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Monday, May 6, 2013

Steve Baron Quartet - The Mother Of Us All (1969 uk, awesome psychedelic jazzy folk)

“I remember watching television – educational television – in mid-1967, to see a program called ‘Eavesdropping On The New Rock’ and a group called The Steve Baron Quartet. It was really strange: the jazz group name, a person with a deep, friendly voice singing very melodic folk songs accompanied by three jazz musicians. Jazz folk? Whatever it might be called, it was incredibly good. It’s 1969 now. The Steve Baron Quartet have made their first album. Of course, it’s good.

Steve came to live in New York during the folk revival of the early 60s, and has been writing ever since. His material is among the strongest I have ever heard. Of all the contemporary folk singers, he is one of the very few who knows how to write melodies. Poets they may be, but they usually cannot write songs that keep you awake. The songs on this album have some of the finest melodies and most sensitive thoughts written in the past few years. My picks are Goodbye Road and Don't You Hate The Feeling?, but all the others are exceptional. The group’s playing leaps in and out of the songs like tiny silver sparks. It all works so well. You may find Steve Baron sneaking up on Paul Simon one day, some day soon” 
by Mike Jahn, music critic, the New York Times 

“After a long wait, this album finally appears. A few of us have been lucky enough to have heard the music of the Steve Baron Quartet before, but living with it ourselves has only made us more anxious to let others hear. I’m afraid, despite my usual abundance of categories, I fail to operate here. My favourite category is Rock and Roll. The Quartet is definitely that, but also jazz, also folk. Mainly, I think the Quartet is a sound that can be recognised and loved. All the musicians are in perfect harmony, all the songs are full of life, all the sounds spontaneously and simultaneously imploding and exploding. Just like nature! The Steve Baron Quartet make (here’s the category!) Natural Music. Jai Baba!”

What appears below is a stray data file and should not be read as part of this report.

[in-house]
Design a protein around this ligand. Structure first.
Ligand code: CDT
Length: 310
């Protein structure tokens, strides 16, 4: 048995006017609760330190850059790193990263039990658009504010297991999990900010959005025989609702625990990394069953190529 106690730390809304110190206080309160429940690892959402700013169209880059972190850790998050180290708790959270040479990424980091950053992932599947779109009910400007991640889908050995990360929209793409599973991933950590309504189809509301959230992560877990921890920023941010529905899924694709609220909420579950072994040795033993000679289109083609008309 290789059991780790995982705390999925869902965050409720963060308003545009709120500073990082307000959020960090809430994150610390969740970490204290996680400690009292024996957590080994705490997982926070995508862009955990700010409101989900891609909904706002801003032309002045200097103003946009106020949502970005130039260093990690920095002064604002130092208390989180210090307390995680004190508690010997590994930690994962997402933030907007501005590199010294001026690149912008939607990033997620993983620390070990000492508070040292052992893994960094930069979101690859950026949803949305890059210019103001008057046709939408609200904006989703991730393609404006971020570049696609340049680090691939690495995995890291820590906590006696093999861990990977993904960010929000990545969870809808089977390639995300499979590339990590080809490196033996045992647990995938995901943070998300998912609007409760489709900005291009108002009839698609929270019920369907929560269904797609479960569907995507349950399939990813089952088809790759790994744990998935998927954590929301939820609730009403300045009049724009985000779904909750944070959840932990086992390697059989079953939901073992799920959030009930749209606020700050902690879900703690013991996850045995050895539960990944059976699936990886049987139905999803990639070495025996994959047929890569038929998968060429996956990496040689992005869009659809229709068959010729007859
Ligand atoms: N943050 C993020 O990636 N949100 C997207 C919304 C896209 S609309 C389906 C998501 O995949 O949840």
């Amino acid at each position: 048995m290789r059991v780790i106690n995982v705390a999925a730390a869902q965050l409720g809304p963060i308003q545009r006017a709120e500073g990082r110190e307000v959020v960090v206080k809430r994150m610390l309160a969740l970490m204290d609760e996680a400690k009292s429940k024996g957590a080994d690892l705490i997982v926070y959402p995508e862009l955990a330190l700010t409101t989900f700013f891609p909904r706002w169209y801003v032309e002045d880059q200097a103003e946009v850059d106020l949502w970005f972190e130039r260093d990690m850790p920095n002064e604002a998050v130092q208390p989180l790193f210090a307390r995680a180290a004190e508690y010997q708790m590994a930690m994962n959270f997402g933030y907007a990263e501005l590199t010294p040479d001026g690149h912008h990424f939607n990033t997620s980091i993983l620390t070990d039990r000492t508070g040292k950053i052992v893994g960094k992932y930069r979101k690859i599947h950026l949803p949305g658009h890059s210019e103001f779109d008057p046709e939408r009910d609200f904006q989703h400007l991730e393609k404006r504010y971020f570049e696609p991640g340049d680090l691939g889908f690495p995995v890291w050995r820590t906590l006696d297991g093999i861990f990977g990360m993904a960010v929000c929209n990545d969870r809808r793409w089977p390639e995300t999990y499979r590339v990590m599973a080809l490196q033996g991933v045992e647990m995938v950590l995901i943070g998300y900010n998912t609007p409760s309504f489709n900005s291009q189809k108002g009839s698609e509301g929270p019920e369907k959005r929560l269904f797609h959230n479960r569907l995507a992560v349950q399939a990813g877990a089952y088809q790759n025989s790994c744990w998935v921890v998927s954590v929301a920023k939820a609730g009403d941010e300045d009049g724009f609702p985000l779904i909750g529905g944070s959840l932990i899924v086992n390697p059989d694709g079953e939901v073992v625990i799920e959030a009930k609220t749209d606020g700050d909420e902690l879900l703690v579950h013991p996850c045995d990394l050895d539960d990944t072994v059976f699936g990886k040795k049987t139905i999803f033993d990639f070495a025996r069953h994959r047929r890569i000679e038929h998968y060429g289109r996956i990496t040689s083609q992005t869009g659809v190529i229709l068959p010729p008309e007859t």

by Pete Townshend, The Who

Despite boasting enthusiastic sleevenotes from Pete Townshend of the Who, this superb fusion of jazz, folk and psychedelic rock failed to connect when it first appeared in 1969. Featuring superb musical interplay and stunning guitar leads, as well as a handful of haunting acoustic tracks, it’s a lost classic.
CD Liner-notes

1. Bertha Was The Mother Of Us All - 3:40
2. Don't You Hate The Feeling - 5:55
3. I Sang About My Lady - 3:15
4. In The Middle (Steve Baron,Tom Winer) - 2:36
5. Lonely River - 3:24
6. Goodbye Road - 2:46
7. Mr. Green - 3:59
8. Love Me Laura - 2:53
9. God Never Lived For Me - 2:24
10. Shadow Man (Steve Baron, Tom Winer) - 11:04
All songs by Steve Baron except where indicated.

The Steve Baron Quartet
*Steve Baron - Acoustic Guitar, Lead Vocals
*Bill Davidson - Lead Guitar, Vocals
*Jef Lowell - Bass, Vocals
*Tom Winer - Piano, Organ
Guest Musicians
*Bill La Vorgna - Drums on Tracks 2, 3, 4, 6
*Herb Lovelle - Drums on Tracks 7, 10

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